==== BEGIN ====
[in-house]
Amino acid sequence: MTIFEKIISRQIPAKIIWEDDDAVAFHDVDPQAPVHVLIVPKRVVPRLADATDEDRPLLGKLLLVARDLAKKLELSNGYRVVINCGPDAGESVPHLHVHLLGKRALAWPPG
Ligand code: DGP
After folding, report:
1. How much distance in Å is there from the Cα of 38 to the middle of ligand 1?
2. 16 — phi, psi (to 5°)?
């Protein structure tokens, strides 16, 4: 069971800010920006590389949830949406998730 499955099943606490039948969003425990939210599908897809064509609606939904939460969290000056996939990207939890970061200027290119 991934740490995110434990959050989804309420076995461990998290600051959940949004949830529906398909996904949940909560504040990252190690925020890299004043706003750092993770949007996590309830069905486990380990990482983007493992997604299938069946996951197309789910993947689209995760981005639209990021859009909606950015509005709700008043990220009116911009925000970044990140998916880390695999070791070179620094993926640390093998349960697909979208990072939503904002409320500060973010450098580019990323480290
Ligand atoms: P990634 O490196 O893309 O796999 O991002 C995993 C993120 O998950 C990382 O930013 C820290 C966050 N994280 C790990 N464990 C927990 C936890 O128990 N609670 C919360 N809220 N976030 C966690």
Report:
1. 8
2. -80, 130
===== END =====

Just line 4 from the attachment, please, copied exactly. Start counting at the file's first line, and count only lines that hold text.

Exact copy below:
After folding, report: